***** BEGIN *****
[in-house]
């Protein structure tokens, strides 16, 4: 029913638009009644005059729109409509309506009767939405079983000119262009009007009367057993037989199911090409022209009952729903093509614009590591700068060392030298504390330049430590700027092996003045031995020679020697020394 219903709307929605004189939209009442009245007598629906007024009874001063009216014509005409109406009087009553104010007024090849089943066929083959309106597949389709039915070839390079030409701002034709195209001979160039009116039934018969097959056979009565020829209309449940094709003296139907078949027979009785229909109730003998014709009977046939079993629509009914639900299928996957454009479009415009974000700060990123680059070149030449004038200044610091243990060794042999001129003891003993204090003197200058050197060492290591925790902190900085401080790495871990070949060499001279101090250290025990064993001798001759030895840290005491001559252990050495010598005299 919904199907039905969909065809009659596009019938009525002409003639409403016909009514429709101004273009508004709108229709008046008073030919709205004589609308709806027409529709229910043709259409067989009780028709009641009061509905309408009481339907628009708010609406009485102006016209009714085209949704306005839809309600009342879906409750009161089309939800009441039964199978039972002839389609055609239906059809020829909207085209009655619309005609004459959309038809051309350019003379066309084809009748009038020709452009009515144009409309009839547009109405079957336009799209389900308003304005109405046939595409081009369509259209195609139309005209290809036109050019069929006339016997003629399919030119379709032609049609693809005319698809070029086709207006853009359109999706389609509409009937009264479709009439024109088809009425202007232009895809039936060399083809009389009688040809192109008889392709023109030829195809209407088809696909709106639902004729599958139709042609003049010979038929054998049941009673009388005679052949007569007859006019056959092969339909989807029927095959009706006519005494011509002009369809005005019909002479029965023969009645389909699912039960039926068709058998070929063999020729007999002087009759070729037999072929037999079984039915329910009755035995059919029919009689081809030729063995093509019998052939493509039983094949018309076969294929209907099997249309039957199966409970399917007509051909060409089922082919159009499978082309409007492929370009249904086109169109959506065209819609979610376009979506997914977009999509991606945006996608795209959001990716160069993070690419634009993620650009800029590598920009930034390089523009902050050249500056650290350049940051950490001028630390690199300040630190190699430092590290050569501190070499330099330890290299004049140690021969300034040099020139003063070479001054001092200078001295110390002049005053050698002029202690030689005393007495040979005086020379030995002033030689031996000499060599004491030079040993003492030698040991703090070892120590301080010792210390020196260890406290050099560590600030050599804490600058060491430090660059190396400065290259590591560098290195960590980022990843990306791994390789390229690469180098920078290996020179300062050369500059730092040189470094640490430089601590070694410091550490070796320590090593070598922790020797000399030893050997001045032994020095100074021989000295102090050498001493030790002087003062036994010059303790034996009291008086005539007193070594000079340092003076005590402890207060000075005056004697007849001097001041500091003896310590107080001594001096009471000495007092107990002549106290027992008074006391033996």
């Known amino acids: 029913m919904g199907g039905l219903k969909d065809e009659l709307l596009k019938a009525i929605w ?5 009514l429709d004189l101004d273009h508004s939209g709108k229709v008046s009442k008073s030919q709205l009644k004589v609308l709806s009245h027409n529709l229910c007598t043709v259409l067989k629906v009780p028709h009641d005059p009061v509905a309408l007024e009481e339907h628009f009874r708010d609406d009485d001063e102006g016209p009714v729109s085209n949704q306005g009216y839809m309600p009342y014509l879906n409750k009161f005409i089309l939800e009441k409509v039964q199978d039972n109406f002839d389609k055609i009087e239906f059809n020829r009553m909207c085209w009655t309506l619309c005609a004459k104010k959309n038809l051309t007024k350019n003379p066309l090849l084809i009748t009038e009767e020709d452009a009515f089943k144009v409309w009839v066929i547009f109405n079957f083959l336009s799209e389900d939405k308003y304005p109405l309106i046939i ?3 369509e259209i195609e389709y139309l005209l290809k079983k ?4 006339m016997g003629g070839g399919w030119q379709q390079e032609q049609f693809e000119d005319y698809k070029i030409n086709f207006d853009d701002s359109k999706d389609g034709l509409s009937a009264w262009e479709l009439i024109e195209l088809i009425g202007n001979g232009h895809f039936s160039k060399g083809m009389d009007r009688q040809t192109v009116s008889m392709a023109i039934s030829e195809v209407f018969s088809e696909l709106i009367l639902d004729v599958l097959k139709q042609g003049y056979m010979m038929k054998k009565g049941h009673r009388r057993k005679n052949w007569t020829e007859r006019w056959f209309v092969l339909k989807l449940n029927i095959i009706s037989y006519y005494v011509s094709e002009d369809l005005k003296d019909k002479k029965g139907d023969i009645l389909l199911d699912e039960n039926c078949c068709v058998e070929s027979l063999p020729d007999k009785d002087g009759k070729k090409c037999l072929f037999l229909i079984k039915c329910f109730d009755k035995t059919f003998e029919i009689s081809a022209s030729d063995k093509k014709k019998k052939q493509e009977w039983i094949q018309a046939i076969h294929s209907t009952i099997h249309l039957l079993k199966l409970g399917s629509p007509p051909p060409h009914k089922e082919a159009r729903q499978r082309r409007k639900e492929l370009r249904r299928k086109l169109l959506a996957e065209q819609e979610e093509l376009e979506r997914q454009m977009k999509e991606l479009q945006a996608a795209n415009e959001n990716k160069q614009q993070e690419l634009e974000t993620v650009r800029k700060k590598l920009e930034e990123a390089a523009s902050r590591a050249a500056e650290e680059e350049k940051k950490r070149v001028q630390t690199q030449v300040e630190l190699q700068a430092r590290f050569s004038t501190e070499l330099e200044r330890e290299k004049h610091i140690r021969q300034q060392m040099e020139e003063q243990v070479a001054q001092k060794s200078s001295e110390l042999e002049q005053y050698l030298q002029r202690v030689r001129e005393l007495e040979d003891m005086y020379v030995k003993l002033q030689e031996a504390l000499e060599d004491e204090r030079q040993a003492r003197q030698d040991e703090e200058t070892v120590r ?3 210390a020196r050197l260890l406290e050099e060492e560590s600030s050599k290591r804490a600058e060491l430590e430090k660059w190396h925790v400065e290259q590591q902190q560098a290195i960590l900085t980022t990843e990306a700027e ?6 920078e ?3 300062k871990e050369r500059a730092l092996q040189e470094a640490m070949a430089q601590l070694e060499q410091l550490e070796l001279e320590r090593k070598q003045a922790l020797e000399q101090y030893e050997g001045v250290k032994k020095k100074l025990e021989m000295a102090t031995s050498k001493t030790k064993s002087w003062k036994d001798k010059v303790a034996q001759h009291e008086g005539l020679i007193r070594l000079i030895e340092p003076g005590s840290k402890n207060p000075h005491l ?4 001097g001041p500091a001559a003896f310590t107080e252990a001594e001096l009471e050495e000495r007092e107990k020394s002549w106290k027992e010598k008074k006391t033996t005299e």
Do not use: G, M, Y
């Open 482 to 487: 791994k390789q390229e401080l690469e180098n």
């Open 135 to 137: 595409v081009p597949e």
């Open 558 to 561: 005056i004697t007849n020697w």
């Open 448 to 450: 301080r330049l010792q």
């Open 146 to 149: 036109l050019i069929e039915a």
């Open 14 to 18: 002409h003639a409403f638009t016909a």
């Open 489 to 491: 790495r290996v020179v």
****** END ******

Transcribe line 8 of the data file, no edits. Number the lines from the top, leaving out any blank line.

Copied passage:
């Open 448 to 450: 301080r330049l010792q």